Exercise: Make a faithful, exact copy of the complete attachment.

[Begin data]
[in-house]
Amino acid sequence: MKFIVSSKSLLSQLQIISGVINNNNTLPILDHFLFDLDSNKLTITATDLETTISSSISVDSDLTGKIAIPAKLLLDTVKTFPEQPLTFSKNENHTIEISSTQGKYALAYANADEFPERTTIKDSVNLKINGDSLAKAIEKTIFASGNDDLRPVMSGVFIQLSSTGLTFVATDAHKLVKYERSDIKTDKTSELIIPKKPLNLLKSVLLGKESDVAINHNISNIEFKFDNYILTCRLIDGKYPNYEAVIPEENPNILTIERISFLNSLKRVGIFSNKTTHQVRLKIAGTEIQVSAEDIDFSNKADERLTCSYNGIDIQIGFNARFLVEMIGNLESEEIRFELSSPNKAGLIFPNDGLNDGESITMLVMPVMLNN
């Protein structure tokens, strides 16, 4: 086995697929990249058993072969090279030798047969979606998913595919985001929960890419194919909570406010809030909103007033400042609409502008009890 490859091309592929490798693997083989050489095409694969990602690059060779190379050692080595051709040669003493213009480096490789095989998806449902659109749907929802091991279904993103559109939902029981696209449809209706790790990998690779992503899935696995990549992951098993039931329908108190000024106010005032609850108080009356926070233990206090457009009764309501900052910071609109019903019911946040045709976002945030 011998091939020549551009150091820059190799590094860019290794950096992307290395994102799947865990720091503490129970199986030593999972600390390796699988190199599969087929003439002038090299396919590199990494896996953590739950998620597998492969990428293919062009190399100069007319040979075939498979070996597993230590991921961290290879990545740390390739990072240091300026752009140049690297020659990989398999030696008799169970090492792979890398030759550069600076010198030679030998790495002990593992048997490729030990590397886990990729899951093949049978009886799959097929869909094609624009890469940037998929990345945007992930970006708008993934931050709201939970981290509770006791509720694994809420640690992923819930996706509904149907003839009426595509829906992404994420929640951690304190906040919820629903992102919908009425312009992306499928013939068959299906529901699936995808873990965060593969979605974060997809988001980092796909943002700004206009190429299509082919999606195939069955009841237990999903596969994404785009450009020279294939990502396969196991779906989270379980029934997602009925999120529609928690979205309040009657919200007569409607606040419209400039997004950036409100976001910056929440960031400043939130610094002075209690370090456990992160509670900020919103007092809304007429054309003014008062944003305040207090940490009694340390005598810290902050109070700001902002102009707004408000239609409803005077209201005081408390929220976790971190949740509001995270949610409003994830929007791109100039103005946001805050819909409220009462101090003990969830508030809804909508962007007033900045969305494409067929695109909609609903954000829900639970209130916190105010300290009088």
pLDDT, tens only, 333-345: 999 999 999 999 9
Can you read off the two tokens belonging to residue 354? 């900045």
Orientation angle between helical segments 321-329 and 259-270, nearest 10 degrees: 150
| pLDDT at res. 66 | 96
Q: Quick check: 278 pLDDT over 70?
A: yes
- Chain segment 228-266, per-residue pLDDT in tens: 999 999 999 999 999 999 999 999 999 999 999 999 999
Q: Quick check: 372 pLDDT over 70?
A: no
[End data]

[in-house]
Amino acid sequence: MKFIVSSKSLLSQLQIISGVINNNNTLPILDHFLFDLDSNKLTITATDLETTISSSISVDSDLTGKIAIPAKLLLDTVKTFPEQPLTFSKNENHTIEISSTQGKYALAYANADEFPERTTIKDSVNLKINGDSLAKAIEKTIFASGNDDLRPVMSGVFIQLSSTGLTFVATDAHKLVKYERSDIKTDKTSELIIPKKPLNLLKSVLLGKESDVAINHNISNIEFKFDNYILTCRLIDGKYPNYEAVIPEENPNILTIERISFLNSLKRVGIFSNKTTHQVRLKIAGTEIQVSAEDIDFSNKADERLTCSYNGIDIQIGFNARFLVEMIGNLESEEIRFELSSPNKAGLIFPNDGLNDGESITMLVMPVMLNN
């Protein structure tokens, strides 16, 4: 086995697929990249058993072969090279030798047969979606998913595919985001929960890419194919909570406010809030909103007033400042609409502008009890 490859091309592929490798693997083989050489095409694969990602690059060779190379050692080595051709040669003493213009480096490789095989998806449902659109749907929802091991279904993103559109939902029981696209449809209706790790990998690779992503899935696995990549992951098993039931329908108190000024106010005032609850108080009356926070233990206090457009009764309501900052910071609109019903019911946040045709976002945030 011998091939020549551009150091820059190799590094860019290794950096992307290395994102799947865990720091503490129970199986030593999972600390390796699988190199599969087929003439002038090299396919590199990494896996953590739950998620597998492969990428293919062009190399100069007319040979075939498979070996597993230590991921961290290879990545740390390739990072240091300026752009140049690297020659990989398999030696008799169970090492792979890398030759550069600076010198030679030998790495002990593992048997490729030990590397886990990729899951093949049978009886799959097929869909094609624009890469940037998929990345945007992930970006708008993934931050709201939970981290509770006791509720694994809420640690992923819930996706509904149907003839009426595509829906992404994420929640951690304190906040919820629903992102919908009425312009992306499928013939068959299906529901699936995808873990965060593969979605974060997809988001980092796909943002700004206009190429299509082919999606195939069955009841237990999903596969994404785009450009020279294939990502396969196991779906989270379980029934997602009925999120529609928690979205309040009657919200007569409607606040419209400039997004950036409100976001910056929440960031400043939130610094002075209690370090456990992160509670900020919103007092809304007429054309003014008062944003305040207090940490009694340390005598810290902050109070700001902002102009707004408000239609409803005077209201005081408390929220976790971190949740509001995270949610409003994830929007791109100039103005946001805050819909409220009462101090003990969830508030809804909508962007007033900045969305494409067929695109909609609903954000829900639970209130916190105010300290009088």
pLDDT, tens only, 333-345: 999 999 999 999 9
Can you read off the two tokens belonging to residue 354? 């900045």
Orientation angle between helical segments 321-329 and 259-270, nearest 10 degrees: 150
| pLDDT at res. 66 | 96
Q: Quick check: 278 pLDDT over 70?
A: yes
- Chain segment 228-266, per-residue pLDDT in tens: 999 999 999 999 999 999 999 999 999 999 999 999 999
Q: Quick check: 372 pLDDT over 70?
A: no